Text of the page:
Purinome platform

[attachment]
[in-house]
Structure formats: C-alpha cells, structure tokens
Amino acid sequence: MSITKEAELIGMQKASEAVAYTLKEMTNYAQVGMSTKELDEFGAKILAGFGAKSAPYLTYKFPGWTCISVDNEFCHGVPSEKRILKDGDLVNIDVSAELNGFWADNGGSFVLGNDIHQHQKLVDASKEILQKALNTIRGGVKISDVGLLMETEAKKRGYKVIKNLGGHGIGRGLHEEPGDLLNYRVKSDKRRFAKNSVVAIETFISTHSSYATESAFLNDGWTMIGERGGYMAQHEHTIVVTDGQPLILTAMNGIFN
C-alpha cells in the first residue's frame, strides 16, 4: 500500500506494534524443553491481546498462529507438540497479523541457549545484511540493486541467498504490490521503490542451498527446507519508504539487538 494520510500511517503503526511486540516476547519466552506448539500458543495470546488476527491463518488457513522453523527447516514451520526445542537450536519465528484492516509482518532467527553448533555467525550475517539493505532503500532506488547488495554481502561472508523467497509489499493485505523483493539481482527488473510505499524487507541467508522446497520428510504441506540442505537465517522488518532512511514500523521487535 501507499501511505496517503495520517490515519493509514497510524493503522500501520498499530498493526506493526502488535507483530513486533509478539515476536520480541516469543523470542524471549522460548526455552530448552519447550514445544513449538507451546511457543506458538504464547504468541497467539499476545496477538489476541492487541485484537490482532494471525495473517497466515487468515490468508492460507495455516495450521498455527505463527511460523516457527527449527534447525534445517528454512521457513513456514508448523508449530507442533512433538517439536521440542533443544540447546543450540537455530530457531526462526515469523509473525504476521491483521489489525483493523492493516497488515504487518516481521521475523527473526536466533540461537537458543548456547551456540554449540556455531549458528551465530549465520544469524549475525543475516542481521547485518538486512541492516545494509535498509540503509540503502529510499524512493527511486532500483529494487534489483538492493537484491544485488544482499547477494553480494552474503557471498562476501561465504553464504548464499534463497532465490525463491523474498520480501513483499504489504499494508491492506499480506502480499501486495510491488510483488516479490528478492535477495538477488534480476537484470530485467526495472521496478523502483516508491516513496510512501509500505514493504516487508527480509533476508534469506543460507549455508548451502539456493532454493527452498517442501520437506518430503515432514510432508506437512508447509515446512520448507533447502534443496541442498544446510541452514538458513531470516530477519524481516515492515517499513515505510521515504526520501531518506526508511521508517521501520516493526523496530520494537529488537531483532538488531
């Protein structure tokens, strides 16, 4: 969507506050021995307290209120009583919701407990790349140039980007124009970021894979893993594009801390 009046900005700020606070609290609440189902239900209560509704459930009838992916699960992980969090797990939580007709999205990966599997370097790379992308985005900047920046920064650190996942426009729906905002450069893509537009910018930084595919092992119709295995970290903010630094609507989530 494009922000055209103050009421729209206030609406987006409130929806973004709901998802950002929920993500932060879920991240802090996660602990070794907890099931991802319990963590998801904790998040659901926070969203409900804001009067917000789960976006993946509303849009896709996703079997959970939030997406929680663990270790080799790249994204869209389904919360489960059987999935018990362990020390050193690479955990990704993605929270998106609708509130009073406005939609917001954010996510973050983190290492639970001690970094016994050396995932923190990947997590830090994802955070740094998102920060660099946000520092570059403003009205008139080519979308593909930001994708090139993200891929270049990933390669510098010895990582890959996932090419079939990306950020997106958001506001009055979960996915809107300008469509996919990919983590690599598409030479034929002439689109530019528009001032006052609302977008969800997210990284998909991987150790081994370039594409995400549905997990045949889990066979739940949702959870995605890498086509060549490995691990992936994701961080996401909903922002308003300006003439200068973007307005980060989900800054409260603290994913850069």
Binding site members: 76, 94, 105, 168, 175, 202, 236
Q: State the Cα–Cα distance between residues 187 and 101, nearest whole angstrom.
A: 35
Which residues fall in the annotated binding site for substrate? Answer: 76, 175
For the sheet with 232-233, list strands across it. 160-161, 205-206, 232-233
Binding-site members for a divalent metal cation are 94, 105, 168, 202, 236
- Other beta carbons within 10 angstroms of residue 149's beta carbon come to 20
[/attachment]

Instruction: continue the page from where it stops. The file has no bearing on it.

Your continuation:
The generation of novel chemotypes in support of our oncology research projects expanded in recent years from a canonical design of kinase targeted compound libraries to a broader interpretation of purinome targeted libraries addressing the specificity of cancer relevant targets. We added non-kinase oncology targets to our portfolio, thus expanding also into a wider purinome perspective, which includes target families such as ATPases and NAD-dependent enzymes, while maintaining a strong foothold in the kinase field. Successful screening of structurally diverse ATP-binding targets requires compound libraries covering multiple design elements, which may include phosphate surrogate moieties in ATPase inhibitors or far reaching lipophilic residues stabilizing inactive kinase conformations. Purinome targets are widely diversified in terms of their function, philogenetic origins and structural architecture. A common feature is their ability to bind ATP or other ligands possessing a purine substructure. (e.g. NAD), although the modes of binding and the sites of interaction may vary considerably. To this end the interaction with phosphate groups of ATP and ADP is dominant is certain ATPases, while it is often negligible or secondary in kinases. We therefore recognized the need for new, purinome targeted libraries (PTL), which were conceived with broadly diversified ATP-mimicking designs, taking into account the higher relevance of ATP and ADP phosphate groups in the binding complex of these targets.

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